BLITZER: And Brianna, like Romney, I assume the president is spending a lot of his time these days getting ready for that debate Wednesday night.

KEILAR: Certainly in the big push is the going to be as he heads to Nevada here in the next couple of days and will be preparing as you know his partner Senator John Kerry who will be filling the shoes of Mitt Romney, at least in these mock proposals.

But it is interesting, Wolf, the campaign doesn't want to talk a whole lot about the preparation. They don't really want a lot of process stories. And they really want to emphasize the fact that Mitt Romney has been spending time preparing as they try to set expectations very high for President Obama's opponent.

BLITZER: Brianna Keilar at the White House for us. Thank you.

And we're counting down to the first presidential debate. Once again, this coming Wednesday, our complete coverage begins at 7 p.m. eastern right here on CNN.

Let's dig a little deeper right now with our senior political analyst Ron Brownstein, the editorial director of the "National Journal." Ron, thanks very much for coming in. If you're looking at all the demographics right now, where are the major differences between these two candidates?

RON BROWNSTEIN, CNN SENIOR POLITICAL ANALYST: Well, what you're seeing to a surprising extent in the last several weeks is President Obama essentially reassembling the coalition that elected him in 2008.

BLITZER: Why is that surprising?

BROWNSTEIN: Well because I mean, in 2010, Democrats suffered big erosion in key parts of that coalition and also saw turnout decline. So, you know, what you have got are three essential elements, and what I call at the time the coalition of the ascendant. Young people, he won two-thirds of voters under 29 in '08. He's back to over 60 percent in most polling. Minorities, he won 80 percent of them in 2008. He's right around that number in most polling again. And college educated white voters, the white collar, white votes, especially win, He won a majority, 52 percent of college white women in '08. And again he's right around that number or even slightly above in national in 2008 polling.

Mitt Romney is depending primarily on blue color whites and older whites. He's doing fine with those voters, but he's not cracking into deeply enough the central coalition that elected Obama the last time and is enough to re-elect him if he can hold on to it.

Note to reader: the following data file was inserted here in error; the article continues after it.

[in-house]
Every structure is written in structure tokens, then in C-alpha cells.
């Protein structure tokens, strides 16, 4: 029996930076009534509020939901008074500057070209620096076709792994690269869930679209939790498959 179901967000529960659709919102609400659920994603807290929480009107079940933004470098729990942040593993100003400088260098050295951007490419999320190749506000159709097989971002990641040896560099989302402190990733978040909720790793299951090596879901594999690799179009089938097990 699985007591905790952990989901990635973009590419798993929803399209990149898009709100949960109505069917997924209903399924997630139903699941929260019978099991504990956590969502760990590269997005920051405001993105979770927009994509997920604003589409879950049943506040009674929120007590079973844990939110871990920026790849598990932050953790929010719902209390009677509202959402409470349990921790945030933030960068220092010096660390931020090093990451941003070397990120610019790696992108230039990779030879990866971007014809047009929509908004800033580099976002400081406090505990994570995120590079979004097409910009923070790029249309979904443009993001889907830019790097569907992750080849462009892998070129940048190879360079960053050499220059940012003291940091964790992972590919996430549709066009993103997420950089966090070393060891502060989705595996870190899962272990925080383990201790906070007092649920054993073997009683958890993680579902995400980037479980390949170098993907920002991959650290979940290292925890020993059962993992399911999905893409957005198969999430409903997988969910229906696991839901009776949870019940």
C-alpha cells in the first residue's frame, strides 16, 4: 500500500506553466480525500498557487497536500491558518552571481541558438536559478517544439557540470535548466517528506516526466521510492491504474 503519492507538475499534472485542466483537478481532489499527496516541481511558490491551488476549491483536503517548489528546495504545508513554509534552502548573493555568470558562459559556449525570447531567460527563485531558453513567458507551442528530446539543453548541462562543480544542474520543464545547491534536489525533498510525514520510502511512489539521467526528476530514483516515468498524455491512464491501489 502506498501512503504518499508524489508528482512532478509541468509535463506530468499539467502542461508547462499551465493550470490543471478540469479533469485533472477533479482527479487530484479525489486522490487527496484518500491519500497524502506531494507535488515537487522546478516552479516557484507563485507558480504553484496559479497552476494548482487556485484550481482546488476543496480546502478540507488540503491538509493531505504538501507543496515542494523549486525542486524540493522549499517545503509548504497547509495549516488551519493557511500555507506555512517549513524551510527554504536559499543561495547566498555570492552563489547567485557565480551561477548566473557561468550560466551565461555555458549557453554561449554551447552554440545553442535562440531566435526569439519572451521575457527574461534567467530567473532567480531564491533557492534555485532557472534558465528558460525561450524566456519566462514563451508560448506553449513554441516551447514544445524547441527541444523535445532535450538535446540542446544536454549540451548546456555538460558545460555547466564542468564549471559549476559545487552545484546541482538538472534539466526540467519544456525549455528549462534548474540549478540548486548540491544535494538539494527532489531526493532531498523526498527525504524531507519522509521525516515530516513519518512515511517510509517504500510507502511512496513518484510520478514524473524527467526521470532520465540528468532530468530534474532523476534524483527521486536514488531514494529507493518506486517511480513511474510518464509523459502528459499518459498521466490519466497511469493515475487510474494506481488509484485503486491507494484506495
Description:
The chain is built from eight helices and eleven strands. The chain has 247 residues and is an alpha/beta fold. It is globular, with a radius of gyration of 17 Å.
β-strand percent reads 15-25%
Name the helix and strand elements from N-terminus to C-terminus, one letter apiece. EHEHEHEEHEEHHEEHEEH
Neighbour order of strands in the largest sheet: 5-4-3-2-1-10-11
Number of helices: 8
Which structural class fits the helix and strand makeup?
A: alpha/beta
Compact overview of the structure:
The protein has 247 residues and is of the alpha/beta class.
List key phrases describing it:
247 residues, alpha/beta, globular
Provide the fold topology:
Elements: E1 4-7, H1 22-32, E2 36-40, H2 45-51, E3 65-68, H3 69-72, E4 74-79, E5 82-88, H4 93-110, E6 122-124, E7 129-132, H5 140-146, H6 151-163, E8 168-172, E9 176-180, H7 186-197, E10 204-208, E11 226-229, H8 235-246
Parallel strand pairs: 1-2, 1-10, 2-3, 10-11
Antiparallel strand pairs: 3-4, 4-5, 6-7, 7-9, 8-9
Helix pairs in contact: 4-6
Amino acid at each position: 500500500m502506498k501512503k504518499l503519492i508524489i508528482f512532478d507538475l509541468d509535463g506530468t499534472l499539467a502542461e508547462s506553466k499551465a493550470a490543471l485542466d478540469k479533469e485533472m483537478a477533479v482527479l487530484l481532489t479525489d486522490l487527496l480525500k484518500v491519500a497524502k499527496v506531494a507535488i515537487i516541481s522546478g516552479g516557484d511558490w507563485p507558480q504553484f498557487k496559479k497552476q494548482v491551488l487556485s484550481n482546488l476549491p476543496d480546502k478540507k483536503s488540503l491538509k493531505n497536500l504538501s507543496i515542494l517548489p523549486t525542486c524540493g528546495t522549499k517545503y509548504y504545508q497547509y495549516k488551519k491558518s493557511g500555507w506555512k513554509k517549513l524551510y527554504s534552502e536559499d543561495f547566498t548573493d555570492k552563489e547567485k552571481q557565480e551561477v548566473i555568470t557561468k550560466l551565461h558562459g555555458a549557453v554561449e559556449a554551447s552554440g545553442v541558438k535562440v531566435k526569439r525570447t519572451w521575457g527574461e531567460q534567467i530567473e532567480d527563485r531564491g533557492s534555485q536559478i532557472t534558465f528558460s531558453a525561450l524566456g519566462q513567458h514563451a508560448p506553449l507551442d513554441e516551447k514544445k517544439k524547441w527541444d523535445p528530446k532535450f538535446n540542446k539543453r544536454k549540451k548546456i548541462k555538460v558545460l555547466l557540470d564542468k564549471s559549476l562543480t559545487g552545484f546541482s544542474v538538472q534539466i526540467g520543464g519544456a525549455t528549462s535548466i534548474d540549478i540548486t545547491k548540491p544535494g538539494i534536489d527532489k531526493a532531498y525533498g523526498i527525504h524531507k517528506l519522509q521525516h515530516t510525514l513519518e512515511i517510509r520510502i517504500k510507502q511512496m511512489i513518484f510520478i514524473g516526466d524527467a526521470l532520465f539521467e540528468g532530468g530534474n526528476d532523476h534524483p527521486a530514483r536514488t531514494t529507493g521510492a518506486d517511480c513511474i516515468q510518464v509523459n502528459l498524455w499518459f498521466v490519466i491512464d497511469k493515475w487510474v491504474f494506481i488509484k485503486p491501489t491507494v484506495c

BLITZER: What about working class women?

BROWNSTEIN: Well, this is something really interesting. You know, working class white women are not as Democratic constituency as is often assumed. The college educated white women, Democrats have won them in four to part five elections. But the working class white women populate conservative where economic is framed, usually they lean Republican. In 2008, nationally, Obama only won 41 percent of them.

But, what we are seeing, Wolf, if you look across the board in the battle ground states and I've been looking at polling done point of the act, by Maris, and by CNN, Obama is moving up with these working class white women in places like Ohio, Wisconsin, Iowa, even Florida he's moving up to around 15 percent of them. That is a very -- makes the math almost impossible for Mitt Romney in those states and they are responding largely to the economic empathy message, the Bain arguments, the 47 arguments, Medicare, taxes. That is where it seems to be doing damage to Romney with those working class women.

BLITZER: in you all state "National Journal" heartland monitor poll, you asked the question would you say you were better off than you were during the 2008 presidential election. Thirty-one percent thought they were better off, 34 percent worse off. Same, 34 percent. That same 34 percent, but how are they lining up?

BROWNSTEIN: This is really interesting. This is the question that Republicans want to center the election on the Ronald Reagan question. Are you better off than you were four years ago. And not surprisingly among the roughly one-third who say they are better off, President Obama is performing, you know, dominantly. Among voters say, they are worse off and Mitt Romney is winning 10-1.